How to make curd or dahi at home with step by step photos. I really wonder why many people buy curd instead of making it at home. It’s just an easy to do task, which requires no experience. I have grown up enjoying farm fresh milk and yogurt while I was in India. When I relocated to Singapore and began to cook, dealing with commercial milks that were processed (homogenized) was a new experience for me. I have put down all my experiences as tips to get the curd right (thick and creamy). Iam posting this for a friend of mine living in Singapore, who has been constantly failing to make a good curd. This post is for those who have trouble making the yogurt. If you are one among those lucky people who do not have any hassles in making homemade curd, this post may not be for you.
UPDATE: Many readers have been asking on how to make curd without using curd / dahi ? or how to make yogurt without a culture?
There is a age old method of making curd without using curds followed by rural women in South India. These women used to make their own culture to use as a starter. I have tried making this to check if it really works and yes it does.
Bring milk to a boil. Let the temperature come down to warm. Then add 8 to 10 stalks or stems of red chilies for every 1/2 to 3/4 cup of the warm milk. Set this aside in a warm place until set. How long? it certainly depends on the climate. It took 5 hours for me to set the curd. But this may not be good to use directly, iam not sure if it is healthy to eat. So i did make fresh yogurt using the one I made earlier as starter(curd with chili stalks). I added 1 tbsp of the above set dahi to one cup milk and set aside for 8 hours. Then i got thick curd.
Tips how to make curd or dahi:
1. Always use whole milk only, as diluted milk or low fat milk will not set your dahi well and makes it watery
2. Why does your curd become sticky?
• using starters like greek yogurt or any sticky one will yield a sticky curd. (I use Nestle Asli as the starter, the results are non-sticky).
• It depends on the milk too (depends on the feed of the cows), some milk yields a sticky curd. Just try with a different brand.
3. How much curd or dahi to use as starter purely depends on 3 basic factors
• The kind of milk you are using – homogenized or non homogenized. Homogenized milk require more starter, as the milk is processed and the particles are broken down to minute to keep them apart which helps in increasing their shelf life, the dahi does not set well if you use less starter for homogenized milk. On the other hand, non homogenized milk needs less starter as they tend to set well and faster, adding more will make your curd sour. So adjust the amount of starter accordingly. (I have mentioned the quantity in the ingredient list)
• The kind of starter curd, you are using –gelatine or non gelatin. If your starter has gelatin in it, you have to use more starter, if the starter is a non-gelatine one, you can use lesser (quantities mentioned in ingredients)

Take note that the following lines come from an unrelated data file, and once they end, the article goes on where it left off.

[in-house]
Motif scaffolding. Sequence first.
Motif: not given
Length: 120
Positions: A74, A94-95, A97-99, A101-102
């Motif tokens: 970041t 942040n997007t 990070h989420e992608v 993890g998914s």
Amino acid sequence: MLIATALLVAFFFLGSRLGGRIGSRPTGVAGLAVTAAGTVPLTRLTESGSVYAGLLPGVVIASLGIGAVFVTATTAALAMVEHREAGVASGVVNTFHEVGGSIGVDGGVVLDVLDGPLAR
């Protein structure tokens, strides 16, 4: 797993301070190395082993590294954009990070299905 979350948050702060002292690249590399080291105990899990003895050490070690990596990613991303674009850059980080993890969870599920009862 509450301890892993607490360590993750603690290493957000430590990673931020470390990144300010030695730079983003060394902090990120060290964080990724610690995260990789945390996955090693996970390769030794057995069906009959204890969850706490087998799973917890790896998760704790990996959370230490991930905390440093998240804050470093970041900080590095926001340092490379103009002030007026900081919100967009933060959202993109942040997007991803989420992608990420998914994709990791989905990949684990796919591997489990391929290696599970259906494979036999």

• The Season – if you are making yogurt in winters, need to use more starter. Adjust the quantity as per the season.
Places where curd or dahi can set well at home during winters.
* Place the bowl of milk in the casserole or a thermocol box.
* Wrap a warm cloth or woolen scarf to the bowl and keep inside the shelf.
* Can place inside a big rice storage container.
How to make curd or dahi at home with step by step photos
Read the recipe below for clear instructions
1. Bring milk to a boil on a low to medium flame.
2. To make thick curd, boil it for a little longer till a layer of cream forms on top. Cool down the milk to luke warm.
3. Add a tsp of curd.
4. Stir to mix the curd well with milk. cover and keep in a warm place for about 6 to 10 hours depending on your climate. Some folks use a broken red chili to set the yogurt well. If needed break a red chili and just put it in the milk. milk does not get spicy or hot.
Find curd or dahi recipe below
- 1 liter full fat milk (whole milk)
- 1 tsp of curd/ dahi/ yogurt as starter (increase to ¾ to 1 tbsp. if it is gelatin based or you are making this in winters)
- 1 broken red chili (optional)
- Rinse a pot or handi well. Add milk and bring it to boil on a medium to low flame.
- To get thick curd, Simmer the milk for 15 mins on a very low flame. Keep stirring else the milk will get burnt and smell bad. This step is to get a very thick curd. You can skip this if you are ok to have a moderately thick yogurt.
- Allow the milk to cool down. If you are intending to use a curd culture that has come down to room temperature, then allow the boiled milk to come down to luke warm temp. but if you are using the culture directly from the fridge, then the temperature of the milk must be mildly warmer than the luke warm. Immerse your finger and check.
- Add a tsp of yogurt to the milk and stir well. Cover & move the bowl to a warm place. Allow it to set for 6 to 10 hrs depending on the climate.If you wish to set the curd well, you can break a red chili and drop it in the milk. it is optional and does not make the dahi spicy or hot
using sour starter will yield a sour dahi
If your milk does not set well, try again with fresh milk in different ways by increasing the culture, keeping it in a warmer place, adding your culture in warmer milk